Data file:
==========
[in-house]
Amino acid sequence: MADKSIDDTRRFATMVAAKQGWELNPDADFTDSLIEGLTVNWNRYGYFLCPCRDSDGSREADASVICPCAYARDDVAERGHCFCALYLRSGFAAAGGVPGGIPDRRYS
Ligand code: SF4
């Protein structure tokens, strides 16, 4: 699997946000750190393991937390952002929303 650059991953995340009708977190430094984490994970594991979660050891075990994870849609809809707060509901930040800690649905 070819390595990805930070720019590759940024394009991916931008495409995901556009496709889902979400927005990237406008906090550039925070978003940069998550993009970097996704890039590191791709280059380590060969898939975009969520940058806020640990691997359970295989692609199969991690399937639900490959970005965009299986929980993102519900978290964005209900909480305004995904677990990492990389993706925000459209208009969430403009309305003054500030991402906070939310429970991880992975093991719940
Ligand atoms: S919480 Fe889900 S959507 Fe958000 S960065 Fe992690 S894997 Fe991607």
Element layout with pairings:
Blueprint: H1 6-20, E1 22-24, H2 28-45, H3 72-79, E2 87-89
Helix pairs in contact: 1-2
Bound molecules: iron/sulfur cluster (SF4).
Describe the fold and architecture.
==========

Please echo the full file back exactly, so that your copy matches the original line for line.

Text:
[in-house]
Amino acid sequence: MADKSIDDTRRFATMVAAKQGWELNPDADFTDSLIEGLTVNWNRYGYFLCPCRDSDGSREADASVICPCAYARDDVAERGHCFCALYLRSGFAAAGGVPGGIPDRRYS
Ligand code: SF4
């Protein structure tokens, strides 16, 4: 699997946000750190393991937390952002929303 650059991953995340009708977190430094984490994970594991979660050891075990994870849609809809707060509901930040800690649905 070819390595990805930070720019590759940024394009991916931008495409995901556009496709889902979400927005990237406008906090550039925070978003940069998550993009970097996704890039590191791709280059380590060969898939975009969520940058806020640990691997359970295989692609199969991690399937639900490959970005965009299986929980993102519900978290964005209900909480305004995904677990990492990389993706925000459209208009969430403009309305003054500030991402906070939310429970991880992975093991719940
Ligand atoms: S919480 Fe889900 S959507 Fe958000 S960065 Fe992690 S894997 Fe991607």
Element layout with pairings:
Blueprint: H1 6-20, E1 22-24, H2 28-45, H3 72-79, E2 87-89
Helix pairs in contact: 1-2
Bound molecules: iron/sulfur cluster (SF4).
Describe the fold and architecture.